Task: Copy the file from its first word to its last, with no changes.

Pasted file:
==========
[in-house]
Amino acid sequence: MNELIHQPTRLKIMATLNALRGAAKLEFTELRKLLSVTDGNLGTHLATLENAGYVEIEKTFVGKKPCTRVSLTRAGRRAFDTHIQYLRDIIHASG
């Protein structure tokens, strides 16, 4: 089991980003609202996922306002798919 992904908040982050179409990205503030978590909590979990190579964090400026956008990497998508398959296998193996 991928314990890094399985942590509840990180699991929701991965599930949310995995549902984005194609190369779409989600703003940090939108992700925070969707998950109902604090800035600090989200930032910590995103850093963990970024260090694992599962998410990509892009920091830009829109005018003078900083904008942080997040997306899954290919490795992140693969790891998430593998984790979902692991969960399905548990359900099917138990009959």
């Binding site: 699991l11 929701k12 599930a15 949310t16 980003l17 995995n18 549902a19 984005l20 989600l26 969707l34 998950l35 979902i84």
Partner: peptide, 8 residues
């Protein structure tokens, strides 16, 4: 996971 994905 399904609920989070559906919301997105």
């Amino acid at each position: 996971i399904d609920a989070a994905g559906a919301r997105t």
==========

[in-house]
Amino acid sequence: MNELIHQPTRLKIMATLNALRGAAKLEFTELRKLLSVTDGNLGTHLATLENAGYVEIEKTFVGKKPCTRVSLTRAGRRAFDTHIQYLRDIIHASG
């Protein structure tokens, strides 16, 4: 089991980003609202996922306002798919 992904908040982050179409990205503030978590909590979990190579964090400026956008990497998508398959296998193996 991928314990890094399985942590509840990180699991929701991965599930949310995995549902984005194609190369779409989600703003940090939108992700925070969707998950109902604090800035600090989200930032910590995103850093963990970024260090694992599962998410990509892009920091830009829109005018003078900083904008942080997040997306899954290919490795992140693969790891998430593998984790979902692991969960399905548990359900099917138990009959």
């Binding site: 699991l11 929701k12 599930a15 949310t16 980003l17 995995n18 549902a19 984005l20 989600l26 969707l34 998950l35 979902i84």
Partner: peptide, 8 residues
């Protein structure tokens, strides 16, 4: 996971 994905 399904609920989070559906919301997105």
């Amino acid at each position: 996971i399904d609920a989070a994905g559906a919301r997105t």